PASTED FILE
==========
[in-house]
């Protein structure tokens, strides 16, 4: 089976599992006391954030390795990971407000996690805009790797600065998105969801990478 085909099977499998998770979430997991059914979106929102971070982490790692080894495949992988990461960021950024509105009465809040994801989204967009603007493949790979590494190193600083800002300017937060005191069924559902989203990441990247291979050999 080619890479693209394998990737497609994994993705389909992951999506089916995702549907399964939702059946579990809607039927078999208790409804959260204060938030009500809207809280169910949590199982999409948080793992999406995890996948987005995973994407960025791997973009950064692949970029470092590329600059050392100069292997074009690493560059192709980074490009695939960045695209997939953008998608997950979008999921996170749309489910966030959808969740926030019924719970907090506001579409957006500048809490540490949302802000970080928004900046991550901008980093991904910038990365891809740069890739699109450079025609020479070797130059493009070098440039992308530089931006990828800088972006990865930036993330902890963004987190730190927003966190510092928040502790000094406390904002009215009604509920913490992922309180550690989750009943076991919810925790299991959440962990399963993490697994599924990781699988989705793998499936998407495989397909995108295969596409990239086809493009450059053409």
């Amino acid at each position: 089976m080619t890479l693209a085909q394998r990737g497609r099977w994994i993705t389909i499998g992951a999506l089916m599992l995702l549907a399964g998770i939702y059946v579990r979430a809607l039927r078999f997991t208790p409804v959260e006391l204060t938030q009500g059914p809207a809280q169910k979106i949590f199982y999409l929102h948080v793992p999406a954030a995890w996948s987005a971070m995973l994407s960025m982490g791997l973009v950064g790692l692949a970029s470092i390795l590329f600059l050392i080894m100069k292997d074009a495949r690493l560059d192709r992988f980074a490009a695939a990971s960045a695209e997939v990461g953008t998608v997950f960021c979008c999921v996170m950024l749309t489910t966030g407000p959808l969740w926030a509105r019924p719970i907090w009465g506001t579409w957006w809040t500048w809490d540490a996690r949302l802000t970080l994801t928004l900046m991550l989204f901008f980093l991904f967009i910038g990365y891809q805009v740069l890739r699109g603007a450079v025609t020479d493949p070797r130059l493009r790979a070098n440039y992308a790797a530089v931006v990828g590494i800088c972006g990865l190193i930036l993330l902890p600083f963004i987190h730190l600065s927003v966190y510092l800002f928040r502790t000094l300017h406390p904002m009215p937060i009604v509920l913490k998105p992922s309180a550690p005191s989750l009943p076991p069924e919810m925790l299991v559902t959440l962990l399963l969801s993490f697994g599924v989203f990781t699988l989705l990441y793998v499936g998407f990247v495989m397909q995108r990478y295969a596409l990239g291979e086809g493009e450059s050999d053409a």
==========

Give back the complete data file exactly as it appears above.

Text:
[in-house]
């Protein structure tokens, strides 16, 4: 089976599992006391954030390795990971407000996690805009790797600065998105969801990478 085909099977499998998770979430997991059914979106929102971070982490790692080894495949992988990461960021950024509105009465809040994801989204967009603007493949790979590494190193600083800002300017937060005191069924559902989203990441990247291979050999 080619890479693209394998990737497609994994993705389909992951999506089916995702549907399964939702059946579990809607039927078999208790409804959260204060938030009500809207809280169910949590199982999409948080793992999406995890996948987005995973994407960025791997973009950064692949970029470092590329600059050392100069292997074009690493560059192709980074490009695939960045695209997939953008998608997950979008999921996170749309489910966030959808969740926030019924719970907090506001579409957006500048809490540490949302802000970080928004900046991550901008980093991904910038990365891809740069890739699109450079025609020479070797130059493009070098440039992308530089931006990828800088972006990865930036993330902890963004987190730190927003966190510092928040502790000094406390904002009215009604509920913490992922309180550690989750009943076991919810925790299991959440962990399963993490697994599924990781699988989705793998499936998407495989397909995108295969596409990239086809493009450059053409």
């Amino acid at each position: 089976m080619t890479l693209a085909q394998r990737g497609r099977w994994i993705t389909i499998g992951a999506l089916m599992l995702l549907a399964g998770i939702y059946v579990r979430a809607l039927r078999f997991t208790p409804v959260e006391l204060t938030q009500g059914p809207a809280q169910k979106i949590f199982y999409l929102h948080v793992p999406a954030a995890w996948s987005a971070m995973l994407s960025m982490g791997l973009v950064g790692l692949a970029s470092i390795l590329f600059l050392i080894m100069k292997d074009a495949r690493l560059d192709r992988f980074a490009a695939a990971s960045a695209e997939v990461g953008t998608v997950f960021c979008c999921v996170m950024l749309t489910t966030g407000p959808l969740w926030a509105r019924p719970i907090w009465g506001t579409w957006w809040t500048w809490d540490a996690r949302l802000t970080l994801t928004l900046m991550l989204f901008f980093l991904f967009i910038g990365y891809q805009v740069l890739r699109g603007a450079v025609t020479d493949p070797r130059l493009r790979a070098n440039y992308a790797a530089v931006v990828g590494i800088c972006g990865l190193i930036l993330l902890p600083f963004i987190h730190l600065s927003v966190y510092l800002f928040r502790t000094l300017h406390p904002m009215p937060i009604v509920l913490k998105p992922s309180a550690p005191s989750l009943p076991p069924e919810m925790l299991v559902t959440l962990l399963l969801s993490f697994g599924v989203f990781t699988l989705l990441y793998v499936g998407f990247v495989m397909q995108r990478y295969a596409l990239g291979e086809g493009e450059s050999d053409a």